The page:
It’s well-known that people are living longer, but the effect that’s having on people’s time in the workforce is less clear. Longer lifespans are not necessarily leading to more time spent in retirement. Instead, many people are using their healthy years to continue working, so that they can build more wealth.
While working later in life can increase a person’s overall savings, it also introduces new risks that may not be covered by traditional insurance. After all, many disability insurance plans limit coverage to people under the age of 65. That may be a potential issue in a world where people work until they are over the age of 70. Some insurance companies are altering their products to accommodate this new reality. Unfortunately, many individuals either have outdated plans that don’t provide adequate coverage or lack disability insurance altogether. Financial professionals can conduct policy reviews with clients to adjust insurance portfolios in ways that reflect the modern workforce.
A shifting plan
In the past, 65 was considered the universal retirement age, but economic changes have challenged this ideal. The aftermath of the Great Recession has been slow to recover, keeping many people on the brink of retirement in the workforce. Analysis from Pew Research Center on data from the U.S. Bureau of Labor Statistics shows that about 18% of people, 65 years of age and older, are working full- or part-time. This is a trend that since tracking began in 2000, has grown steadily.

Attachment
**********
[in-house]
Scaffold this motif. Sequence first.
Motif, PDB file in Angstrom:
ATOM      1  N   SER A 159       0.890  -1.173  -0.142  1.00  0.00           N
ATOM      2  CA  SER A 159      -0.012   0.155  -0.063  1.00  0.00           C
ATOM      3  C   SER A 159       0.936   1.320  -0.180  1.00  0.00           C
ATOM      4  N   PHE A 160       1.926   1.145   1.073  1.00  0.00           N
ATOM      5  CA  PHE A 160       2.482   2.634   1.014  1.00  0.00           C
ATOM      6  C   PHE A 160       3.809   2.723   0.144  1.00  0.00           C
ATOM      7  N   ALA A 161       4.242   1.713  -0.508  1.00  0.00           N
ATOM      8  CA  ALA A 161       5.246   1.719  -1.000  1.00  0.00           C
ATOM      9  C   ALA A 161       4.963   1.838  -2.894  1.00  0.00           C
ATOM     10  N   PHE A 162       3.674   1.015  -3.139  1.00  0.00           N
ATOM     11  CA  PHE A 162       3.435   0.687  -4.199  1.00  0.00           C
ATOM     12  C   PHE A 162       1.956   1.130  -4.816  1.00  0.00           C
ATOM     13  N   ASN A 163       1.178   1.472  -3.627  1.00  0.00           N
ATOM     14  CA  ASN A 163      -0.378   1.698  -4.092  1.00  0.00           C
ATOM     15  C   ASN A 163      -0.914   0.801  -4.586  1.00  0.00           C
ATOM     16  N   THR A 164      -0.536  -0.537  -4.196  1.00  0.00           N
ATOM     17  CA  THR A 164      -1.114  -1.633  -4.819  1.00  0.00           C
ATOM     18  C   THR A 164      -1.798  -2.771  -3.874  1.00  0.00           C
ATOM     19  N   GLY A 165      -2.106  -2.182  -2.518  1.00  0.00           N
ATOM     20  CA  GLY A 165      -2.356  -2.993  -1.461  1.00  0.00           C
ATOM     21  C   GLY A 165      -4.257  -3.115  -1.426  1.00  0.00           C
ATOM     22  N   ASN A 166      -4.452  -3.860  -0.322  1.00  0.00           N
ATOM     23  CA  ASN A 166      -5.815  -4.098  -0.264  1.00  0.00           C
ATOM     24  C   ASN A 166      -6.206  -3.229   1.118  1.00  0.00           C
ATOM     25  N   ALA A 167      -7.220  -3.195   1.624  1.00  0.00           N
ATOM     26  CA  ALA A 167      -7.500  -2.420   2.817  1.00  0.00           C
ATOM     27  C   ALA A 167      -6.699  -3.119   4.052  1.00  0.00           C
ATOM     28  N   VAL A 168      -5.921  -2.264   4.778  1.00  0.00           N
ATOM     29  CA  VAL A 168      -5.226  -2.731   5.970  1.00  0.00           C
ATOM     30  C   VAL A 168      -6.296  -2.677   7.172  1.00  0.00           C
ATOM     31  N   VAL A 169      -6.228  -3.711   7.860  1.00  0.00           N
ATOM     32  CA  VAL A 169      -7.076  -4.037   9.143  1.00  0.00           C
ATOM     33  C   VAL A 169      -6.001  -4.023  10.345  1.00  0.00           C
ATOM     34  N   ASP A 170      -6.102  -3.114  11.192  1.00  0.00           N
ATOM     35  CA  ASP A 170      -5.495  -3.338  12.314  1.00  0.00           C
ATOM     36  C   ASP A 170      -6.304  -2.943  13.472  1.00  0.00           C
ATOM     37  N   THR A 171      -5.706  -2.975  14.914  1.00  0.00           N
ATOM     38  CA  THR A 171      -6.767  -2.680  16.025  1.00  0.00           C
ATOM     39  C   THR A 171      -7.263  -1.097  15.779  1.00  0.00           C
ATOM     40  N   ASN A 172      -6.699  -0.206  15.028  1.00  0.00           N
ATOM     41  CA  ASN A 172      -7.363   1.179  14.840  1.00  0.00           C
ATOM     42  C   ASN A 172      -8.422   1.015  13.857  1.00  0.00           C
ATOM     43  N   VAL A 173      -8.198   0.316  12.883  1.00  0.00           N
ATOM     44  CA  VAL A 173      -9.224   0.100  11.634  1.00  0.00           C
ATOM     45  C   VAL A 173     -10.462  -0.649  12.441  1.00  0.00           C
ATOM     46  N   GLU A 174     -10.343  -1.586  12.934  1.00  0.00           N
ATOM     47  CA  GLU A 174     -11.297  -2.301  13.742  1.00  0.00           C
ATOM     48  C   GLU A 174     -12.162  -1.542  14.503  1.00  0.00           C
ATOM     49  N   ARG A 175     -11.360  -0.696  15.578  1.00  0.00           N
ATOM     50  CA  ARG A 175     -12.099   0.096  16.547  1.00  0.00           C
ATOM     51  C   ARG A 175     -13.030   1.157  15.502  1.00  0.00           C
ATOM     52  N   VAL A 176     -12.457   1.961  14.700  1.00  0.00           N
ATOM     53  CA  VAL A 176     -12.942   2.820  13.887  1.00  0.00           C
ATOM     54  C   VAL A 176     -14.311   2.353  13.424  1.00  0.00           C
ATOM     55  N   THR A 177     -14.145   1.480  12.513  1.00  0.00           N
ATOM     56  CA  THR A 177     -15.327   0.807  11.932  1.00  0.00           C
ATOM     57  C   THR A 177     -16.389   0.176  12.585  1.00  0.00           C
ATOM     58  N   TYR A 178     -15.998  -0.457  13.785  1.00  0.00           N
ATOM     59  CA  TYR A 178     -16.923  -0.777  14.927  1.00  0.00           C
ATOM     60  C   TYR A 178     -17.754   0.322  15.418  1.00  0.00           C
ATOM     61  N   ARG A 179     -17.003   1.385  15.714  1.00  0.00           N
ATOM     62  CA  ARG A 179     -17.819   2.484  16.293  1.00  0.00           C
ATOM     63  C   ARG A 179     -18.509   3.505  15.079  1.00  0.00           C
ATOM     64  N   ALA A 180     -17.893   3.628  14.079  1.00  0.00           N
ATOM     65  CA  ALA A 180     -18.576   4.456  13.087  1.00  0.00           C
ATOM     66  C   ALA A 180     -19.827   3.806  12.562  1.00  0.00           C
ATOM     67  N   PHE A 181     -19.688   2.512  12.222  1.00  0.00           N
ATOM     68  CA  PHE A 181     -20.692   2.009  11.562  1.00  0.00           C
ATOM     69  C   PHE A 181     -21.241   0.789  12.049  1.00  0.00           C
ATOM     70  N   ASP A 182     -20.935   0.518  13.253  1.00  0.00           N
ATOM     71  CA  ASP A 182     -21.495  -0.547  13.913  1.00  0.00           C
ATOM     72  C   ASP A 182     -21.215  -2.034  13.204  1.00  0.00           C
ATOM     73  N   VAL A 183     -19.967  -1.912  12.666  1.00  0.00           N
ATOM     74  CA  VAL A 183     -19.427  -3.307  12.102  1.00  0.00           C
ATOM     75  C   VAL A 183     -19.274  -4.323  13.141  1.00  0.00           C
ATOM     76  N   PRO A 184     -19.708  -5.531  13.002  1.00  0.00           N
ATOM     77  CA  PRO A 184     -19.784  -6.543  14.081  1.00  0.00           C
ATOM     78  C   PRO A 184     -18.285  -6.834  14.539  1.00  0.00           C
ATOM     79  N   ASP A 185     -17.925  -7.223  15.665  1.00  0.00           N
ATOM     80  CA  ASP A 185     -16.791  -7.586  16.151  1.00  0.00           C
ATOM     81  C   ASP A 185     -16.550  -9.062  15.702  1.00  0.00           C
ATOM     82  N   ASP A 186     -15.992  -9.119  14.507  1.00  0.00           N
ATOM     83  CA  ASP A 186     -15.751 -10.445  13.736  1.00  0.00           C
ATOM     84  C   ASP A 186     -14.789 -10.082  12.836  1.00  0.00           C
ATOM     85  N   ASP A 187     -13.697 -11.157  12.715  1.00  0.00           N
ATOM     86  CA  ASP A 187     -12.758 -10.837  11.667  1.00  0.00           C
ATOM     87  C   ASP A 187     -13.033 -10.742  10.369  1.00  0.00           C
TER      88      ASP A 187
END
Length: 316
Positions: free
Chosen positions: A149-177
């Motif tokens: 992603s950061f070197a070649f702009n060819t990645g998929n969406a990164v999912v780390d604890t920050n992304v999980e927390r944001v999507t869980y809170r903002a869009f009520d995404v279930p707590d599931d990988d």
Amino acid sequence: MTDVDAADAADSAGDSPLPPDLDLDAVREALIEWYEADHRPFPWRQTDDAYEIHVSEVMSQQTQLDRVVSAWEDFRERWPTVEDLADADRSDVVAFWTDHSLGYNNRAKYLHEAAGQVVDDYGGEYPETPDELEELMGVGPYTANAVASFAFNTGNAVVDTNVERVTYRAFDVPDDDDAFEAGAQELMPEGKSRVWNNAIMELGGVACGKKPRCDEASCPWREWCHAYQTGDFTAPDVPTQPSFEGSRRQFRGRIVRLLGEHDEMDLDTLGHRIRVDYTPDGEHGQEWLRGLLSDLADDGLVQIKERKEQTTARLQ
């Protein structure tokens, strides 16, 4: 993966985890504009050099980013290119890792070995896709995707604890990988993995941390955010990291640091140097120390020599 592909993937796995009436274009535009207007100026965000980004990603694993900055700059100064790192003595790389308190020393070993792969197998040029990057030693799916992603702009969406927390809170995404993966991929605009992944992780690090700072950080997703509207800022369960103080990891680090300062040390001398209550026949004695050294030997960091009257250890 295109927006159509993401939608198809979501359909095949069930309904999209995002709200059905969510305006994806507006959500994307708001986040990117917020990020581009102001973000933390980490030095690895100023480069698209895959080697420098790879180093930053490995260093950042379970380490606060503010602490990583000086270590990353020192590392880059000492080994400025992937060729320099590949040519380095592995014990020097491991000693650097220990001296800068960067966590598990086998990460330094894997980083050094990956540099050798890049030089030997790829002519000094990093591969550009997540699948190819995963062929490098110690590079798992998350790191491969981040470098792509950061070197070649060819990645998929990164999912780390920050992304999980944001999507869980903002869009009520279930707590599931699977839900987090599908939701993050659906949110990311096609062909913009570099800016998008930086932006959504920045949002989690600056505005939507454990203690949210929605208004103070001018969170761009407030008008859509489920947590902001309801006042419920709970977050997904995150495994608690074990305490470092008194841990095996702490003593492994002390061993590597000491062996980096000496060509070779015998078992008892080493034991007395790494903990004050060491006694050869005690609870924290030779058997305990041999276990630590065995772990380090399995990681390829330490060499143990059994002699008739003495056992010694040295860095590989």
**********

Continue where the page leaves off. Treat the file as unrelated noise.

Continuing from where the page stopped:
Concern about inadequate retirement savings motivates many of these people to pursue working later in life, but some people simply like their jobs according to Bloomberg. There is a growing percentage of people who enjoy their careers and plan to work as long as they are physically able. This appears to be correlated to the number of retirees with college or graduate degrees, as studies show that they tend to work longer. It also helps that employer efforts to retain older workers has increased. This “incentive to keep older workers happy” may play a factor in some older workers staying in the force longer.
Insurance producers engaging in a policy review with clients who want to work later in life may find they have more options to offer these individuals. Disability that removes a person’s ability to work can be financially damaging at any point in life, and many policies fail to cover older workers. Make sure you know your client’s retirement plans so that they are adequately covered should they decided to work longer.
Editor’s Note: This post was originally published in September 2015 and has been reviewed and updated.
Latest posts by Highland Capital Brokerage (see all)
- Should You Always Recommend LTC Insurance With Automatic Inflation? - November 21, 2017
- November 2017 LTC Newsletter - November 16, 2017
- The Worst-Case Scenario – Is Lifetime LTC Insurance Worth It? - November 15, 2017